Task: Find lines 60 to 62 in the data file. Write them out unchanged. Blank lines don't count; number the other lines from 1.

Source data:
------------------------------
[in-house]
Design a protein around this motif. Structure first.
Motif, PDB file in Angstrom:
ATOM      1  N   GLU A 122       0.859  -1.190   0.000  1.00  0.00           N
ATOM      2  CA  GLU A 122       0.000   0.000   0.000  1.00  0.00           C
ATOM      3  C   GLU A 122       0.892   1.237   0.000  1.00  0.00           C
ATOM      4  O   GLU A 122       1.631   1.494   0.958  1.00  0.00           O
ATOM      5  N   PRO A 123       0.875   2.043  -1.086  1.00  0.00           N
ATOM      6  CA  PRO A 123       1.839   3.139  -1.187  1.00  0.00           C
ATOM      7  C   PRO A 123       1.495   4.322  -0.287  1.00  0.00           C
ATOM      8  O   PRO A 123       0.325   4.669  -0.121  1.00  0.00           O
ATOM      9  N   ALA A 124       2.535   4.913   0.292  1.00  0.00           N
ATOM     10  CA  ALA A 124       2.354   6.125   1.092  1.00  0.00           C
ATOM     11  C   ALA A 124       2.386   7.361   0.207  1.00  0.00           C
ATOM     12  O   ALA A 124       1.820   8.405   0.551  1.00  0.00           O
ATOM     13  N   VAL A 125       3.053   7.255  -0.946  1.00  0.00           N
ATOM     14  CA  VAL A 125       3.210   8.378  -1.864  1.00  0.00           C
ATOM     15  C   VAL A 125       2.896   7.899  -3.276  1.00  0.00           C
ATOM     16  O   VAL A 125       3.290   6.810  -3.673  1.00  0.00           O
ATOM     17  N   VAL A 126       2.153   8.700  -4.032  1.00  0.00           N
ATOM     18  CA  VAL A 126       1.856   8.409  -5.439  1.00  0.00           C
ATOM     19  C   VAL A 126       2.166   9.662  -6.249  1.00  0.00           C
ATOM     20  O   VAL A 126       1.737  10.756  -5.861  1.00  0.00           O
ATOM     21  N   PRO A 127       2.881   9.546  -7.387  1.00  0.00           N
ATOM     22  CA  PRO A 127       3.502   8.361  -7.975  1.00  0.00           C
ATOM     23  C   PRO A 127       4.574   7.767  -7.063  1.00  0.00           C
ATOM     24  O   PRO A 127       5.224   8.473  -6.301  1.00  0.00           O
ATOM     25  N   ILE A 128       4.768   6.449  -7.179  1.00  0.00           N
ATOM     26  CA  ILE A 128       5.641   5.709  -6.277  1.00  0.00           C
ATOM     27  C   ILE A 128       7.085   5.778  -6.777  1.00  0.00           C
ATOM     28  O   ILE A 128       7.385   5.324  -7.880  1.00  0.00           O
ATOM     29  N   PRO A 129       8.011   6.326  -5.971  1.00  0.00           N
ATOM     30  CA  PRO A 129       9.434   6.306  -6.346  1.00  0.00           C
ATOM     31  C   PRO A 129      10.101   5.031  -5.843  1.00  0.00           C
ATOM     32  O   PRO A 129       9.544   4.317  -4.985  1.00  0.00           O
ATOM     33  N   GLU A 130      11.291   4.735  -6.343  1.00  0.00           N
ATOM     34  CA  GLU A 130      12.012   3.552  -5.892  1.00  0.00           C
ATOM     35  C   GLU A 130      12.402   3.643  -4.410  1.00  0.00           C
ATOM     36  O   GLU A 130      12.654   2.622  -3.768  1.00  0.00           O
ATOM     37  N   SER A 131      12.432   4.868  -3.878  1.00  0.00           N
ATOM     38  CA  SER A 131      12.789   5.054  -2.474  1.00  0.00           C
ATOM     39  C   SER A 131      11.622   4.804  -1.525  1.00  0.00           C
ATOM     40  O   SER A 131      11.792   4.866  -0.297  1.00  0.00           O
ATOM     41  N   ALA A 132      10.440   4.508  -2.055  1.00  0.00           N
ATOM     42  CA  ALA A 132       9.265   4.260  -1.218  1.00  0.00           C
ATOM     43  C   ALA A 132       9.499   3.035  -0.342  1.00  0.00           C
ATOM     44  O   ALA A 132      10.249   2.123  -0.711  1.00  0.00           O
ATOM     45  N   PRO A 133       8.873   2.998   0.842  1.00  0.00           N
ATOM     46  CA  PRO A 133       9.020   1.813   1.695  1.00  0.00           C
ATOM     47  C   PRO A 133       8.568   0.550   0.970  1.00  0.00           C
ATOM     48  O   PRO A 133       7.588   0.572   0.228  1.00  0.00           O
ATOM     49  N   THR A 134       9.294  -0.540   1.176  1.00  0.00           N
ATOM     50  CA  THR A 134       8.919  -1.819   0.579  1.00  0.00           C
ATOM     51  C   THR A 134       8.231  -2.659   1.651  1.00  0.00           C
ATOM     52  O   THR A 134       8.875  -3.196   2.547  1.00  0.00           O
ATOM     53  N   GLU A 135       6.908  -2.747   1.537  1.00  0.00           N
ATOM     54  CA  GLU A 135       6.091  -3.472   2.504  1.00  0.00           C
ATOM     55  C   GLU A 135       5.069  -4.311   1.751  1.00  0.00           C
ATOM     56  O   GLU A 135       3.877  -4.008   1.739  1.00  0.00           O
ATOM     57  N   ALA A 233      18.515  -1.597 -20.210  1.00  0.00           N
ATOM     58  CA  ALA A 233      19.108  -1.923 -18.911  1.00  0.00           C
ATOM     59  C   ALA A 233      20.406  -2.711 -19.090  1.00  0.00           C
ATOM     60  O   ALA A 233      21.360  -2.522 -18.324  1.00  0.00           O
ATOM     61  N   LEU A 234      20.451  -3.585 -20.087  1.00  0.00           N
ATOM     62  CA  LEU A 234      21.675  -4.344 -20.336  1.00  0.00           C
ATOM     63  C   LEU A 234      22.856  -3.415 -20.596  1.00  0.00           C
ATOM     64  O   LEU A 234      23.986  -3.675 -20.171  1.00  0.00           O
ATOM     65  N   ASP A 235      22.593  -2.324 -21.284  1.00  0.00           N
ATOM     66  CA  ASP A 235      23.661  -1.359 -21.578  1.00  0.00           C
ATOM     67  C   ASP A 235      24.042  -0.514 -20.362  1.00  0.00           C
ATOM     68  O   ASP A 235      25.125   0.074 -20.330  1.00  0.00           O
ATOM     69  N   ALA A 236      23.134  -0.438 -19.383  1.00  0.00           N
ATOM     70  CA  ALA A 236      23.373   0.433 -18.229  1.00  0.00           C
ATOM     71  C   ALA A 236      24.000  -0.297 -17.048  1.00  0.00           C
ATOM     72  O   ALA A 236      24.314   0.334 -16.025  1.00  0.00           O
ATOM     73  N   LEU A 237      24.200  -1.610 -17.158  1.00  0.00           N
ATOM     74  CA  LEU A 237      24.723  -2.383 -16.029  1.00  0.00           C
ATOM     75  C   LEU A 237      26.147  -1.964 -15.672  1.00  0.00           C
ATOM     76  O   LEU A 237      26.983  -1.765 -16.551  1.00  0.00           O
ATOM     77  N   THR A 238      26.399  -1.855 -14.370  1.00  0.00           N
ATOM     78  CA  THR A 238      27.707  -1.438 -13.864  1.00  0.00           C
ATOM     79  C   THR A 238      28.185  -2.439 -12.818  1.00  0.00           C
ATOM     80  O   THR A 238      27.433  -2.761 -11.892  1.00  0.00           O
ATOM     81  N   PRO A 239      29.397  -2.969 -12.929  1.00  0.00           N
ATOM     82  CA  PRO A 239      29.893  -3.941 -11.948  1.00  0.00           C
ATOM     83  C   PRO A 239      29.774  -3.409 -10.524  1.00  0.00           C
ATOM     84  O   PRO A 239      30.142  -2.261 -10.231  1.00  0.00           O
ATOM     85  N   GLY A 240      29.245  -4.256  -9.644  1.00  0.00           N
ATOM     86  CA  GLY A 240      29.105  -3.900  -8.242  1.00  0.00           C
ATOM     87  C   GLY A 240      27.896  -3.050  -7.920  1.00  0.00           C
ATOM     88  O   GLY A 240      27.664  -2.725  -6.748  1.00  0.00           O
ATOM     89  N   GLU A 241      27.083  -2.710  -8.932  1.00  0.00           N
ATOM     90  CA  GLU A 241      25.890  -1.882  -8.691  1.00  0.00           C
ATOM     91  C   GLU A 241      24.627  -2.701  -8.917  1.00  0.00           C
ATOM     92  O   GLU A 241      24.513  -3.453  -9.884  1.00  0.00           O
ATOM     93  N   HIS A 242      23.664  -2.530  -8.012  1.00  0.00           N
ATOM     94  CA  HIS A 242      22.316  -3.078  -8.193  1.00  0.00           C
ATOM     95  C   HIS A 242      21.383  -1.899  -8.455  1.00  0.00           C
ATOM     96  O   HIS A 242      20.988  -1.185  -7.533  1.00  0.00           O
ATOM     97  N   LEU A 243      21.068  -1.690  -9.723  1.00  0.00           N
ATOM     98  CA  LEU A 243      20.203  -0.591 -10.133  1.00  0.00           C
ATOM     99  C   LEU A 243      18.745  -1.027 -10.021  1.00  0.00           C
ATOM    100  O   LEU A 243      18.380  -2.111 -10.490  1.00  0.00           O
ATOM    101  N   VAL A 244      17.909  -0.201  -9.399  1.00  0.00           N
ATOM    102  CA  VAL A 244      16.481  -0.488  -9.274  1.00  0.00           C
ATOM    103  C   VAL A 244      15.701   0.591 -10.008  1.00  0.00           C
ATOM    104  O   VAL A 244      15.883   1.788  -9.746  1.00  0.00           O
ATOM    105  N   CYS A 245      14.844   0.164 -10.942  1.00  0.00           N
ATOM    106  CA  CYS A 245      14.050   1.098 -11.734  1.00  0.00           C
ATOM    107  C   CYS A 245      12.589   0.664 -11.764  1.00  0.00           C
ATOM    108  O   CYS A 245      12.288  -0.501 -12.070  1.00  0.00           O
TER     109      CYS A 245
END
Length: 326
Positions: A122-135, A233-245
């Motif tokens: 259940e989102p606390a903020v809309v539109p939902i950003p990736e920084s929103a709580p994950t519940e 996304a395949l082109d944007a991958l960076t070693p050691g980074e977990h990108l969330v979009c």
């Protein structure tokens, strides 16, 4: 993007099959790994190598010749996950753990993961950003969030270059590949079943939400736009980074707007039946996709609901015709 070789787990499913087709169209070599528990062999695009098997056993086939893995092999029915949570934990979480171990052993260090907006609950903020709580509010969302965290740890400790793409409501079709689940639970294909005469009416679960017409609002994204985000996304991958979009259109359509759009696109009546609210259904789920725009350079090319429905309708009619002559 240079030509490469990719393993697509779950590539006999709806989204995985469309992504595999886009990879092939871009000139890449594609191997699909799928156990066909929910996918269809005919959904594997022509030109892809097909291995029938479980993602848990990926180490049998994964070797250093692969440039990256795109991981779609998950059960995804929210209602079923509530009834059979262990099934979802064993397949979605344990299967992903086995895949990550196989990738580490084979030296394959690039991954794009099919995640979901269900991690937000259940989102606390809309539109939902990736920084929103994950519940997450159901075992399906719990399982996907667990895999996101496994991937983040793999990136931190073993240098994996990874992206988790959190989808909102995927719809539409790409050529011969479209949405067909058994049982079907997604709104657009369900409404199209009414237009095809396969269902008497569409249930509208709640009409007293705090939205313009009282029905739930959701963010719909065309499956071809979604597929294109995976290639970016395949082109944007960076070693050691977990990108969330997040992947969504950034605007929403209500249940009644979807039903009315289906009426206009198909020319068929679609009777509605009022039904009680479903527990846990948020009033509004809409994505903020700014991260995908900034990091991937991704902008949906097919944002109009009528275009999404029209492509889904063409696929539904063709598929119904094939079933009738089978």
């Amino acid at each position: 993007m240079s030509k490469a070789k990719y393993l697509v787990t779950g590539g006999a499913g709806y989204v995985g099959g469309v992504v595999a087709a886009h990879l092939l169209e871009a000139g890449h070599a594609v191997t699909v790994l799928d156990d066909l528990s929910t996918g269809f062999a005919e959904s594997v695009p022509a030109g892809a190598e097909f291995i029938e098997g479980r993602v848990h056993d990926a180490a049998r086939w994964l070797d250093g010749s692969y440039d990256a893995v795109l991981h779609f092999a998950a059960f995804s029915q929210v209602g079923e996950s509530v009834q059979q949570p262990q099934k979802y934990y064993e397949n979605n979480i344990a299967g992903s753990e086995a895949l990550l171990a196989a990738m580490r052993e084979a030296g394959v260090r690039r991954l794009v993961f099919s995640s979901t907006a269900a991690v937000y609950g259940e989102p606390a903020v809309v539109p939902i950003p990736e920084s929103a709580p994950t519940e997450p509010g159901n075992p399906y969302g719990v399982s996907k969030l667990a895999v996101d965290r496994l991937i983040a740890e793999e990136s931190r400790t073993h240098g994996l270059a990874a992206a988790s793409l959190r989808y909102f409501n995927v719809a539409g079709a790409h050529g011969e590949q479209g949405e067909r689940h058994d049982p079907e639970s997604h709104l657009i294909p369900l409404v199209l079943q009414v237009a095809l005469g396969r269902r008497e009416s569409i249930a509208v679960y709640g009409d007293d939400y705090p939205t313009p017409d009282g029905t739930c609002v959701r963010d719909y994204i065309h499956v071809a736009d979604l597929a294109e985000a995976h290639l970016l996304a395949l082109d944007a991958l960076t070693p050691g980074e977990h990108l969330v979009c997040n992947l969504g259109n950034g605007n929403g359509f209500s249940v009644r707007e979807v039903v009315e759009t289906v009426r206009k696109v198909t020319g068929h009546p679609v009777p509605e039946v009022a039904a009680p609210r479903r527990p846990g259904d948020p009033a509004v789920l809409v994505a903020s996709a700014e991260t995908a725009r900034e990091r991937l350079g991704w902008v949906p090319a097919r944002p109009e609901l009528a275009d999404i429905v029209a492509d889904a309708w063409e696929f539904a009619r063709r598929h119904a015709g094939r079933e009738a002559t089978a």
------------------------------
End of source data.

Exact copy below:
ATOM     57  N   ALA A 233      18.515  -1.597 -20.210  1.00  0.00           N
ATOM     58  CA  ALA A 233      19.108  -1.923 -18.911  1.00  0.00           C
ATOM     59  C   ALA A 233      20.406  -2.711 -19.090  1.00  0.00           C